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Northern Little Owl habitat

Parts of Our camp!

Our flight to Mongolia, for anyone that might want to know, was booked with travel agent Wexas Travel by recommendation of Earthwatch, whilst our accommodation during the first and last few days in Ulaanbaatar (pre-and post the semi Gobi desert) was booked with Zaya’s guesthouse in the centre of Ulaanbaatar.

With flights sorted in January, we fast forward roughly three months to the current time of writing this, (before the actual trip) organisation and shopping has kicked in! You suddenly see yourself reading as much as possible to prepare yourself. Here are some books I’ve been reading to prepare myself for the unknown. bradt-mongolia_edition_3

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Essentials for trekking and camping are the shopping itenary. As a general note to anyone thinking of travelling to Mongolia, one doesn’t need a visa to Mongolia as of the current travel status on European passport holders, however a visa is needed to transit via Moscow if your transiting flight is on a different boarding platform to the one of entry.

At the time of writing this blog, we are four days away from our trip. Vaccines have taken place, shopping complete and packing underway!

The level of excitement and anxiety kicks in by the day but then I ask myself, “what is life, if one doesn’t challenge their comfort zone?”

Travel brings growth, knowledge, friendship and appreciation of the world around us and what we have as individuals. I say bring on the challenge, which will be a difficult and strenuous one but it will all be worth it, and for a good cause also.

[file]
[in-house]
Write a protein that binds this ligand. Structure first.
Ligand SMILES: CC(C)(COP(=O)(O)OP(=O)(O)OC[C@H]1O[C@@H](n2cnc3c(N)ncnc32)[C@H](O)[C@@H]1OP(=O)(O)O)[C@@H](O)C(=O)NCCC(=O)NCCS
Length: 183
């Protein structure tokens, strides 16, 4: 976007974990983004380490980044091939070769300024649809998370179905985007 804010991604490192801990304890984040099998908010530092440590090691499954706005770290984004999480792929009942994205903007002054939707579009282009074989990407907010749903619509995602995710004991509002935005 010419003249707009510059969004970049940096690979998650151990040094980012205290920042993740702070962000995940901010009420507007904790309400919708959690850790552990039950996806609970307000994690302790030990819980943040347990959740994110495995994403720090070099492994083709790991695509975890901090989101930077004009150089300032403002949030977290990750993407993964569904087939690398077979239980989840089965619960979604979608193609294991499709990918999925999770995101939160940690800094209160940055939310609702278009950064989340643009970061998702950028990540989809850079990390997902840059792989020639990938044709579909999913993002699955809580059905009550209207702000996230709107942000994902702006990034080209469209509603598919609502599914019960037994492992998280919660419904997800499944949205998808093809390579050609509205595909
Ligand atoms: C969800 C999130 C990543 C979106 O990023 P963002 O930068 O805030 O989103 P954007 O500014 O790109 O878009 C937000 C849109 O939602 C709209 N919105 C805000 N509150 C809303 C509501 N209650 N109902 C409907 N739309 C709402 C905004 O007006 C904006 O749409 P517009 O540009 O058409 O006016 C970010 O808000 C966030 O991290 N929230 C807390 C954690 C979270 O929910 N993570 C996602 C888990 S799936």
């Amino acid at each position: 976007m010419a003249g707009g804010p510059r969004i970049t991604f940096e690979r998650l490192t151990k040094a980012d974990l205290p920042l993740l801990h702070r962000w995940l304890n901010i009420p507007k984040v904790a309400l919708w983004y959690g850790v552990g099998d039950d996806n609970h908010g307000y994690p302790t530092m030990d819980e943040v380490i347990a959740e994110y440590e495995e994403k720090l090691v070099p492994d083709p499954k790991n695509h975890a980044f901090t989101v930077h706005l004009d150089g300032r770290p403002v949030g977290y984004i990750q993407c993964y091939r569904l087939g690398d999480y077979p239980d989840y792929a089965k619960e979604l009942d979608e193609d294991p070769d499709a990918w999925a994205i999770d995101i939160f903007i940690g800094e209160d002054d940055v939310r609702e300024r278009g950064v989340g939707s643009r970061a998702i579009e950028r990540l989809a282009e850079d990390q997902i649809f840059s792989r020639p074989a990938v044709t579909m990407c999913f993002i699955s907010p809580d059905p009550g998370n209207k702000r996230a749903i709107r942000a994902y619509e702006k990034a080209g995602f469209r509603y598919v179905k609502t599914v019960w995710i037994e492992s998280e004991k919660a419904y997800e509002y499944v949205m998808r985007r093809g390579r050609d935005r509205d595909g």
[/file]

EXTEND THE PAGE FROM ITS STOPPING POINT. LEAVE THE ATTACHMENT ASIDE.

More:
What am I looking forward to on this trip?

Well, what’s really exciting about it is that Kim and I are doing something we’ve always wanted to do, and it’s a great opportunity to do our part in giving back to animals in extinction who through selfish ways of mankind have almost disappeared from the face of the planet.

Another thing I’m looking forward to is learning new things and gaining life experiences. I’ve come to learn in life that life isn’t about money. It boils down to being happy with ones self and making lives of other people comfortable or easier by any tiny gesture you can do or give. ‘Giving’ and not expecting back is one of the best ways to live.

If you question what the meaning of life is, and or why we’re here on earth and what our purpose in life is, it really doesn’t revolve around money, but rather making a positive impact, being kind, loving and giving abundantly. Material things are left behind when our time comes to leave this world. Our soul moves on to the unknown. A satisfied and happy soul leaves feeling accomplished.

If I died happy today, I would want people who I got the chance to know in life, to celebrate my life than be sad about my loss because I would have done a bit of my part in life.

Thank you for reading.

Do visit our blog to check up on how our trip went and all it’s adventurous stories! You may also want to follow us on Facebook for some casual photo updates along the way, providing we come across the internet!

This blog was written by Kofi

All images used in this blog are not ours. All rights belong to the owners, publishers and websites to which we got them from.

Apologies for all non-avoidable grammar mistakes and arrangement in this post. We would appreciate letting us know about any mistakes you come across to better the ease of reading of this post.

Thank you.

Kim & Kofi